Boys Lacrosse All-Stars

Gale Force: Thorpe paces Eagles' offense this season

2013-06-29T00:15:00Z 2014-07-05T16:35:27Z Gale Force: Thorpe paces Eagles' offense this seasonJeremy Houghtaling | jeremy.houghtaling@lee.net Auburn Citizen

JORDAN | Everyone knew when Gale Thorpe stepped on the field.

The Jordan-Elbridge attackman provided a mixture of finesse and flair, frustrating any defenseman who drew the duty of trying to stop him. An offensive threat from anywhere on the field, the senior paced Section III in regular season goals scored for a second-straight season.

All 64 goals the 2013 Citizen boys lacrosse player of the year scored weren't highlight reel-worthy like the blind shot from midfield that miraculously found the back of the net. However, many certainly left the opposition scratching their heads.

"For us to know that (defensive coverage) is coming and for him to get the goals he did, it shows his ability," said Eagles coach Rick Young.

Thorpe first had a lacrosse stick in his hands at three years-old, and the game is in his blood. His father, Regy, was a standout at Syracuse University, who played in the National Lacrosse League and Major League Lacrosse. He is currently the assistant women's lacrosse coach at Syracuse and coach of the Hamilton Nationals (MLL).

"He's taught me a lot and got me to where I am," Gale said.

Beside his pedigree, Thorpe honed his skills playing box lacrosse in Onondaga or Six Nations in Canada. With less space, there is more of an importance in finding creative ways to avoid defenders and taking an accurate shot on net.

"I grew up playing indoor lacrosse, which a lot of field guys don't get the opportunity to play," Thorpe said. "It's different. There's tight quarters, the goalies are a lot bigger, it's a lot of stick-skill stuff. So when I come out for field lacrosse, the field is so much bigger."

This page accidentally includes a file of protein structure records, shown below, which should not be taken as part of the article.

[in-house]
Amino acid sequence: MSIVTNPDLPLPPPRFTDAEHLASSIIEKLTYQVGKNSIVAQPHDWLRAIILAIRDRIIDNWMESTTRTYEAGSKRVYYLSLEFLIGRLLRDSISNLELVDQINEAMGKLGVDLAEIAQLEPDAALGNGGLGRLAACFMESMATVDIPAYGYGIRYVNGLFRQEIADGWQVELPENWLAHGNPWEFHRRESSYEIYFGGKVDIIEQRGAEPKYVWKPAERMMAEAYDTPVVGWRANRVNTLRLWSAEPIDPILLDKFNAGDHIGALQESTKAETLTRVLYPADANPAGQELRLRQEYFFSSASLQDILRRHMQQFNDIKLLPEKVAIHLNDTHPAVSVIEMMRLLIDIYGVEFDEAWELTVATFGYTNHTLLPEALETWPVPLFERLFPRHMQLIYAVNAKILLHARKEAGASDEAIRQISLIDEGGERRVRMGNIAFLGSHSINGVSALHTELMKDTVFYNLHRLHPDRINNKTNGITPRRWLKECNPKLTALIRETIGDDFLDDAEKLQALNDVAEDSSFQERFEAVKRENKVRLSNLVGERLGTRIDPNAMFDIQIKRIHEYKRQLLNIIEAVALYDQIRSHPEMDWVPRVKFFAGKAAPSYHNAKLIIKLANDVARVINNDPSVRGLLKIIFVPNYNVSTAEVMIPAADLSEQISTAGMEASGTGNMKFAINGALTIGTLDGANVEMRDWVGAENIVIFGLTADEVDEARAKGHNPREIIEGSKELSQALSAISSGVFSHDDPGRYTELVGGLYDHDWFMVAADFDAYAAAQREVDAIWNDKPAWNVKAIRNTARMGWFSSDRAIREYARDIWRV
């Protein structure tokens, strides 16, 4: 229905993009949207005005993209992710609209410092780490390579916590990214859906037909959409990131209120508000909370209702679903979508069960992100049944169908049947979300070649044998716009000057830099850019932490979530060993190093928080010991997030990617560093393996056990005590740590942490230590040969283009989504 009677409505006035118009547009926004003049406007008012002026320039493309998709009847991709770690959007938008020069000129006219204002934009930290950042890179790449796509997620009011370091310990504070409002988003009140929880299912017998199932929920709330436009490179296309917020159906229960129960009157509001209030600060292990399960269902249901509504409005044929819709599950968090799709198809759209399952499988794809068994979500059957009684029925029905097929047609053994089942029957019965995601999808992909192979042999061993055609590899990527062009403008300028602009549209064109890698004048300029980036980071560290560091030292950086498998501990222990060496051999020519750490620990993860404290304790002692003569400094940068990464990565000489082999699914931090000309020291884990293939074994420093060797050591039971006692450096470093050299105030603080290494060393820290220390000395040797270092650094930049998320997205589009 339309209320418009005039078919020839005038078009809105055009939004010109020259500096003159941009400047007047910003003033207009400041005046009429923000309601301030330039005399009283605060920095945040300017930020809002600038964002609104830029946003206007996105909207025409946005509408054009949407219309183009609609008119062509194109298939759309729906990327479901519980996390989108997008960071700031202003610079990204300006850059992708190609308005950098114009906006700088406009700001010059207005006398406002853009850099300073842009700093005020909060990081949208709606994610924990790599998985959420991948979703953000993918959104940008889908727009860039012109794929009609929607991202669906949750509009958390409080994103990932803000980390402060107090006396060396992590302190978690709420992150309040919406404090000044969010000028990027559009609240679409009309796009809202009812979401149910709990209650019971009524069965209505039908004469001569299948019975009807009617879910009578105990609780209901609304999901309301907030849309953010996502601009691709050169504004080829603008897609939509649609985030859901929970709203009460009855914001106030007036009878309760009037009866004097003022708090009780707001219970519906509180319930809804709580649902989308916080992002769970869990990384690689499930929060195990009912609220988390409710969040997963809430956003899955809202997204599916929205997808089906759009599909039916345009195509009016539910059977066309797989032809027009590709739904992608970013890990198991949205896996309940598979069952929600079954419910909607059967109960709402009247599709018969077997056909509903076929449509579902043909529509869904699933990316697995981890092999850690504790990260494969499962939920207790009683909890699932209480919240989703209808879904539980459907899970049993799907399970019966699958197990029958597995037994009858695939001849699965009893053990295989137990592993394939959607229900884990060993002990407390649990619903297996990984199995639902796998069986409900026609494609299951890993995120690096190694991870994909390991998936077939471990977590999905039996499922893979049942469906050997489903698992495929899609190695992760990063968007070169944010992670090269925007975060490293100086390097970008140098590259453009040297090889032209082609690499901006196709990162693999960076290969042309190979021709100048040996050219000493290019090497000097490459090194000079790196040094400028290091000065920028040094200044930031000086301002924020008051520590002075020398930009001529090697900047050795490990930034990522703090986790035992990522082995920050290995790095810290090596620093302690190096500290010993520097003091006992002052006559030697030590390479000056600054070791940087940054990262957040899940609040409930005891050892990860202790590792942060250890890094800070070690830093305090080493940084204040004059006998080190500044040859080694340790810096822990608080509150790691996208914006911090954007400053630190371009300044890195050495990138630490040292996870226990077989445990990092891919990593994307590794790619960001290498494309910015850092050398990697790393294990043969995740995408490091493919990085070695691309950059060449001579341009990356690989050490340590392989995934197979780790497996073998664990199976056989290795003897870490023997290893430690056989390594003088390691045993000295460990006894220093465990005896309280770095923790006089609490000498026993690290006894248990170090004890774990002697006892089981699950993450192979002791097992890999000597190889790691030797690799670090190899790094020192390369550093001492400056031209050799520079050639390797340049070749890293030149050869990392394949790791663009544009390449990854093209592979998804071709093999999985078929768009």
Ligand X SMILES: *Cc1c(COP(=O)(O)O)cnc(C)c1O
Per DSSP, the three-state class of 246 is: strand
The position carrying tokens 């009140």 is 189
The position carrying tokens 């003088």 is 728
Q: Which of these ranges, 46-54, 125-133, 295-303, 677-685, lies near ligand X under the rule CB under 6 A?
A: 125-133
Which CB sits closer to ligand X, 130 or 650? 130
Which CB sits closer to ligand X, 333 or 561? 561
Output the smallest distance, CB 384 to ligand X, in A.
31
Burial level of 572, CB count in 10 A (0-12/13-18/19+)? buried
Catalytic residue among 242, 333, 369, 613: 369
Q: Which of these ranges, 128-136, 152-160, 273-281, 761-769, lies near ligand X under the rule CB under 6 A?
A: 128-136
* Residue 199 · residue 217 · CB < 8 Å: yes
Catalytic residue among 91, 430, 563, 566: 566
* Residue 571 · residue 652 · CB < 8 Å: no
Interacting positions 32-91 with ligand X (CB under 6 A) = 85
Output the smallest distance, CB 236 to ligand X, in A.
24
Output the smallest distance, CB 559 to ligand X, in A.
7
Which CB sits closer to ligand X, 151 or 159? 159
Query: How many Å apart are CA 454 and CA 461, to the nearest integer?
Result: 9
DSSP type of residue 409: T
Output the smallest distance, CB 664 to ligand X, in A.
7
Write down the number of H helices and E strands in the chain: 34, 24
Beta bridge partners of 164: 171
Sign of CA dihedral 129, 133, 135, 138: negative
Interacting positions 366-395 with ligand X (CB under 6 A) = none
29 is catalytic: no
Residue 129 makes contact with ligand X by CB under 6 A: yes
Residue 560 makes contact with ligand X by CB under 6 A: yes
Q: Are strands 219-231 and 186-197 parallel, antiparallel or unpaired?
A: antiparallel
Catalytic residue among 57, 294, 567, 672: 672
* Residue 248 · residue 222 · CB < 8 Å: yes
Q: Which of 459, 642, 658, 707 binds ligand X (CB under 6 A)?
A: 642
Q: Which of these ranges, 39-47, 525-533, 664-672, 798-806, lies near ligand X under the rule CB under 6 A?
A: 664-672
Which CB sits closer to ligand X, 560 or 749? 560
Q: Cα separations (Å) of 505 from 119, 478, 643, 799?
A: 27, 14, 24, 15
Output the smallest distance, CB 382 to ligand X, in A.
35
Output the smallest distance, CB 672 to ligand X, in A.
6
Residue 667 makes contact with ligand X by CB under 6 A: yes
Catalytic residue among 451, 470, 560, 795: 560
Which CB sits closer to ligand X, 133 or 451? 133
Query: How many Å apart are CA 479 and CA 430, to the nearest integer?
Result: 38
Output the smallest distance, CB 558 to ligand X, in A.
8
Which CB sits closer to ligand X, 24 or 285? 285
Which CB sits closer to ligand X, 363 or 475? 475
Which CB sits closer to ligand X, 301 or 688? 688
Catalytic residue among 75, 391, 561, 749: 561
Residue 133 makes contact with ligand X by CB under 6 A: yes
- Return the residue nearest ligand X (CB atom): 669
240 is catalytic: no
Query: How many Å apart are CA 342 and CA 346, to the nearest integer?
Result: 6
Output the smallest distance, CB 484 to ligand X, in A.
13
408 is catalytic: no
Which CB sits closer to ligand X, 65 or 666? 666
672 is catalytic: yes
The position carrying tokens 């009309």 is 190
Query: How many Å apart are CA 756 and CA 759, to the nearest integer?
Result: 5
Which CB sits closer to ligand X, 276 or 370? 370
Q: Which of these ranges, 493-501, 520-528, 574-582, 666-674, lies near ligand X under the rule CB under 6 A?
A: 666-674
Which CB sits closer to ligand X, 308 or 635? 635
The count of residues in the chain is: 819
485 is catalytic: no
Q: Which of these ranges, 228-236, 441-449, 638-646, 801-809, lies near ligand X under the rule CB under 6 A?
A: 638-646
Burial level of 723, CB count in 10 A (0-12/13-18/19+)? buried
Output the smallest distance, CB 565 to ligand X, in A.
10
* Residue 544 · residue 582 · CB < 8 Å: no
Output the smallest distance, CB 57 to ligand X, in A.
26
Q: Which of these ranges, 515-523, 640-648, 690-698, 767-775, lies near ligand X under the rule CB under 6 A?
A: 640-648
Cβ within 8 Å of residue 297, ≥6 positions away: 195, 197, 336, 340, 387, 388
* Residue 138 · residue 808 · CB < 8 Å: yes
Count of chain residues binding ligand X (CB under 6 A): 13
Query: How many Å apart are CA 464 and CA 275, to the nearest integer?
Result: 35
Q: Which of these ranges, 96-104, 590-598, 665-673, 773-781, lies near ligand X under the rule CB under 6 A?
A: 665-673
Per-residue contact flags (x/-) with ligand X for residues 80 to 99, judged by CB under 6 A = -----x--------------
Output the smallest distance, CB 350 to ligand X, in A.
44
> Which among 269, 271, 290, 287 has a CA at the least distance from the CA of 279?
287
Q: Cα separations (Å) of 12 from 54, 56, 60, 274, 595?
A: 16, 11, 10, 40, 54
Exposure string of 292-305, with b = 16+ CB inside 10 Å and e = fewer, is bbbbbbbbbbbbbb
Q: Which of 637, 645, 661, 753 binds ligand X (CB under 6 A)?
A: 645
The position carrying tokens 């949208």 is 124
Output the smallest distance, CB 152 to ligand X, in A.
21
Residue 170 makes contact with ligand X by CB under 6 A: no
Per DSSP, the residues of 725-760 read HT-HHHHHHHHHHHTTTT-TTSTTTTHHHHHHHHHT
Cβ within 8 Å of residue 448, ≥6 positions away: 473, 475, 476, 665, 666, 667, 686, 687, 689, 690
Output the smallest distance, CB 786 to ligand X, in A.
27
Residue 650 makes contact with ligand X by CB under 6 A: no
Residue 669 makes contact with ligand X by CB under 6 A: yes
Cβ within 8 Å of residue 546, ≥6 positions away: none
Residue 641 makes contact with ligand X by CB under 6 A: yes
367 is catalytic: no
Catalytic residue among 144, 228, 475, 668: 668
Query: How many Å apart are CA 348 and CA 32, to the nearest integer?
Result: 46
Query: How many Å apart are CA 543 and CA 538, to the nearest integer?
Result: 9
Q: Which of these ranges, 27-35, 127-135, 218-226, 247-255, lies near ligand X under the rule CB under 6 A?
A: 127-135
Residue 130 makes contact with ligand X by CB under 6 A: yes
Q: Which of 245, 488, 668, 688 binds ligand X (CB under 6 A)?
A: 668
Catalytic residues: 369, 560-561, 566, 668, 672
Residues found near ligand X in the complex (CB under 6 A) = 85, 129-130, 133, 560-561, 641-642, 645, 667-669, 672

Thorpe used his skills to make the players around him better. With defenses already drawn to Thorpe, the underclassmen who were counted on to provide secondary scoring had more room to operate.

"A lot of games, there wasn't much I could do," Thorpe said. "I'd just get shut off…Aurie Schwarting on midfield and Zach Wagner, they stepped up so much. Whenever I'd get shut off, they knew they had to come up big for us to win."

"It was cool to see how much they progressed from day one to the end of the season," Thorpe said of his teammates. "They got so much better."

But without Thorpe and his 60-plus goals, the Eagles would have had a hard time keeping up on the scoreboard with many Section III teams.

"I would say we probably don't win one game if he doesn't play and score the way he does," Young said.

Thorpe plans to play next season with Syracuse University, where he will have plenty of top-tier talent surrounding him.

"Not to take away from our kids, but he's going to play with great kids around him," Young said, "And then you're going to see how the kid shines."

Sports writer Jeremy Houghtaling can be reached at 282-2256 or at jeremy.houghtaling@lee.net. Follow him on Twitter @CitizenHough.

Copyright 2015 Auburn Citizen. All rights reserved. This material may not be published, broadcast, rewritten or redistributed.

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